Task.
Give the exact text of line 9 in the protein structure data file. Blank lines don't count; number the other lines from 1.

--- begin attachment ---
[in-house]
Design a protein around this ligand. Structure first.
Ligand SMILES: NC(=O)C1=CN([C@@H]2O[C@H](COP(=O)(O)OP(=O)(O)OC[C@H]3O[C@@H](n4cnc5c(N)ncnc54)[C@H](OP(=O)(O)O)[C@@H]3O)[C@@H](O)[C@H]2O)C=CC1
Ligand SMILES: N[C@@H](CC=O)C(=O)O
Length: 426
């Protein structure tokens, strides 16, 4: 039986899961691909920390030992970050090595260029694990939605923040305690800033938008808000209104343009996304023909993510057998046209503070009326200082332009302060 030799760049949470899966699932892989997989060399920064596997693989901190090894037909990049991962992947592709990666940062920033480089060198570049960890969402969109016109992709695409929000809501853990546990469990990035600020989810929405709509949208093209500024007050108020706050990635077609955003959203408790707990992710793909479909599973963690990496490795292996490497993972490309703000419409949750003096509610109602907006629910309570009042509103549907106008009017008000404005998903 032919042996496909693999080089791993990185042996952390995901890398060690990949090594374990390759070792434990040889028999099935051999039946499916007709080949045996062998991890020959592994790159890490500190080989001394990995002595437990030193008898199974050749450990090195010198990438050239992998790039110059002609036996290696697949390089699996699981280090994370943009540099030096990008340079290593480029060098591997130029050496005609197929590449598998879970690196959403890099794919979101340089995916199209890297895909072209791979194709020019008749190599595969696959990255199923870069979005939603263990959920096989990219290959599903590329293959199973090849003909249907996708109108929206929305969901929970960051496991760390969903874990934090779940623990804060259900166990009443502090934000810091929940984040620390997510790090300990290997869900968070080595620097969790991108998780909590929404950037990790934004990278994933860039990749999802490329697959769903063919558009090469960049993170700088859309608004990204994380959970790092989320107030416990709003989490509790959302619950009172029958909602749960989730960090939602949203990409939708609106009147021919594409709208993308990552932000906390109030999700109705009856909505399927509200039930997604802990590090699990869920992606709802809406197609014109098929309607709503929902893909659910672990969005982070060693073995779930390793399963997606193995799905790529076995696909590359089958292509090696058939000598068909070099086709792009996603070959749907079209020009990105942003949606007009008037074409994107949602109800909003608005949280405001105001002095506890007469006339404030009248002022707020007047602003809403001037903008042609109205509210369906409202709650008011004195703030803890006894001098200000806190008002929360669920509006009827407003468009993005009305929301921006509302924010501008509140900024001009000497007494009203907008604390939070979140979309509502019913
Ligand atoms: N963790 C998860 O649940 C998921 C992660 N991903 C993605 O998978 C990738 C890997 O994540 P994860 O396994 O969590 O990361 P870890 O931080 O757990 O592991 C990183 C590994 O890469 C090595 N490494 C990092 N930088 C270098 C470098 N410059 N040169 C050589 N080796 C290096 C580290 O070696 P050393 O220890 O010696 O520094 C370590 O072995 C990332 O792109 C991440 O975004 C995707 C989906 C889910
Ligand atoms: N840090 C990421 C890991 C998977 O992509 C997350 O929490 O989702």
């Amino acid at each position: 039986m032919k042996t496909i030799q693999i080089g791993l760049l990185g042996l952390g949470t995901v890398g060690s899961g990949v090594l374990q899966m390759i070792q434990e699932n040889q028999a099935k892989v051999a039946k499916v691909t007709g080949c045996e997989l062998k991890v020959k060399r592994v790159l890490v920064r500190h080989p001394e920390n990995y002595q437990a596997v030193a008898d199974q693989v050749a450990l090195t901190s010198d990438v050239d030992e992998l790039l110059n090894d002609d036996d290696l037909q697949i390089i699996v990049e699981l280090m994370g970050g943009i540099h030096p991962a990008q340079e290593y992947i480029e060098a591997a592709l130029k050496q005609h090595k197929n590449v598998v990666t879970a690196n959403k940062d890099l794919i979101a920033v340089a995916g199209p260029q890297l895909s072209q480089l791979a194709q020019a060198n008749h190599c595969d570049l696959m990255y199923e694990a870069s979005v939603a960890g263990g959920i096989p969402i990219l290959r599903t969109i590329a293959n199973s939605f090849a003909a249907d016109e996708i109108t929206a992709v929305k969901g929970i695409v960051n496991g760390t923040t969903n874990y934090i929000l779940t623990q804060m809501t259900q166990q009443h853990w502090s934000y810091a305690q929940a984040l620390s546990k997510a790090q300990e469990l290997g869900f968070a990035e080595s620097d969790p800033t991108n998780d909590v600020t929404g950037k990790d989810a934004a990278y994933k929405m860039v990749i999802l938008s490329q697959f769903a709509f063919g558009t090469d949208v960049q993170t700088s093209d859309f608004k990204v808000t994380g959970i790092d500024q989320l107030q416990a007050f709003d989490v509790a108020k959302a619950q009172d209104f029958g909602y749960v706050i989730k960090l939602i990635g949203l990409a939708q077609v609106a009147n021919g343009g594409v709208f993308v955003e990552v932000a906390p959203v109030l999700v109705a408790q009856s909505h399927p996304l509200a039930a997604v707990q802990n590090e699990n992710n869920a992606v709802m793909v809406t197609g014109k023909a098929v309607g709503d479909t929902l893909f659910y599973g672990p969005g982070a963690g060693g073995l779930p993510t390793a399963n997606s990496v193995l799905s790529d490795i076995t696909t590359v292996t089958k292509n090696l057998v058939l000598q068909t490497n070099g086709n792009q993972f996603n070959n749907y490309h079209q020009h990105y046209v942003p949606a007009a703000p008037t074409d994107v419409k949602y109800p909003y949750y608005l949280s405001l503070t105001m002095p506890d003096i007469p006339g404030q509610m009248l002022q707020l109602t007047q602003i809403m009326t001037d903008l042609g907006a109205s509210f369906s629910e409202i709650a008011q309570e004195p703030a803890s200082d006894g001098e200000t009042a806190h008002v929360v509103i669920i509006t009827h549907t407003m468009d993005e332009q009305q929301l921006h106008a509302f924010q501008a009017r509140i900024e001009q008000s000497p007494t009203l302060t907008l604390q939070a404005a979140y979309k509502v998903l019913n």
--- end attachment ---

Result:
């Amino acid at each position: 039986m032919k042996t496909i030799q693999i080089g791993l760049l990185g042996l952390g949470t995901v890398g060690s899961g990949v090594l374990q899966m390759i070792q434990e699932n040889q028999a099935k892989v051999a039946k499916v691909t007709g080949c045996e997989l062998k991890v020959k060399r592994v790159l890490v920064r500190h080989p001394e920390n990995y002595q437990a596997v030193a008898d199974q693989v050749a450990l090195t901190s010198d990438v050239d030992e992998l790039l110059n090894d002609d036996d290696l037909q697949i390089i699996v990049e699981l280090m994370g970050g943009i540099h030096p991962a990008q340079e290593y992947i480029e060098a591997a592709l130029k050496q005609h090595k197929n590449v598998v990666t879970a690196n959403k940062d890099l794919i979101a920033v340089a995916g199209p260029q890297l895909s072209q480089l791979a194709q020019a060198n008749h190599c595969d570049l696959m990255y199923e694990a870069s979005v939603a960890g263990g959920i096989p969402i990219l290959r599903t969109i590329a293959n199973s939605f090849a003909a249907d016109e996708i109108t929206a992709v929305k969901g929970i695409v960051n496991g760390t923040t969903n874990y934090i929000l779940t623990q804060m809501t259900q166990q009443h853990w502090s934000y810091a305690q929940a984040l620390s546990k997510a790090q300990e469990l290997g869900f968070a990035e080595s620097d969790p800033t991108n998780d909590v600020t929404g950037k990790d989810a934004a990278y994933k929405m860039v990749i999802l938008s490329q697959f769903a709509f063919g558009t090469d949208v960049q993170t700088s093209d859309f608004k990204v808000t994380g959970i790092d500024q989320l107030q416990a007050f709003d989490v509790a108020k959302a619950q009172d209104f029958g909602y749960v706050i989730k960090l939602i990635g949203l990409a939708q077609v609106a009147n021919g343009g594409v709208f993308v955003e990552v932000a906390p959203v109030l999700v109705a408790q009856s909505h399927p996304l509200a039930a997604v707990q802990n590090e699990n992710n869920a992606v709802m793909v809406t197609g014109k023909a098929v309607g709503d479909t929902l893909f659910y599973g672990p969005g982070a963690g060693g073995l779930p993510t390793a399963n997606s990496v193995l799905s790529d490795i076995t696909t590359v292996t089958k292509n090696l057998v058939l000598q068909t490497n070099g086709n792009q993972f996603n070959n749907y490309h079209q020009h990105y046209v942003p949606a007009a703000p008037t074409d994107v419409k949602y109800p909003y949750y608005l949280s405001l503070t105001m002095p506890d003096i007469p006339g404030q509610m009248l002022q707020l109602t007047q602003i809403m009326t001037d903008l042609g907006a109205s509210f369906s629910e409202i709650a008011q309570e004195p703030a803890s200082d006894g001098e200000t009042a806190h008002v929360v509103i669920i509006t009827h549907t407003m468009d993005e332009q009305q929301l921006h106008a509302f924010q501008a009017r509140i900024e001009q008000s000497p007494t009203l302060t907008l604390q939070a404005a979140y979309k509502v998903l019913n």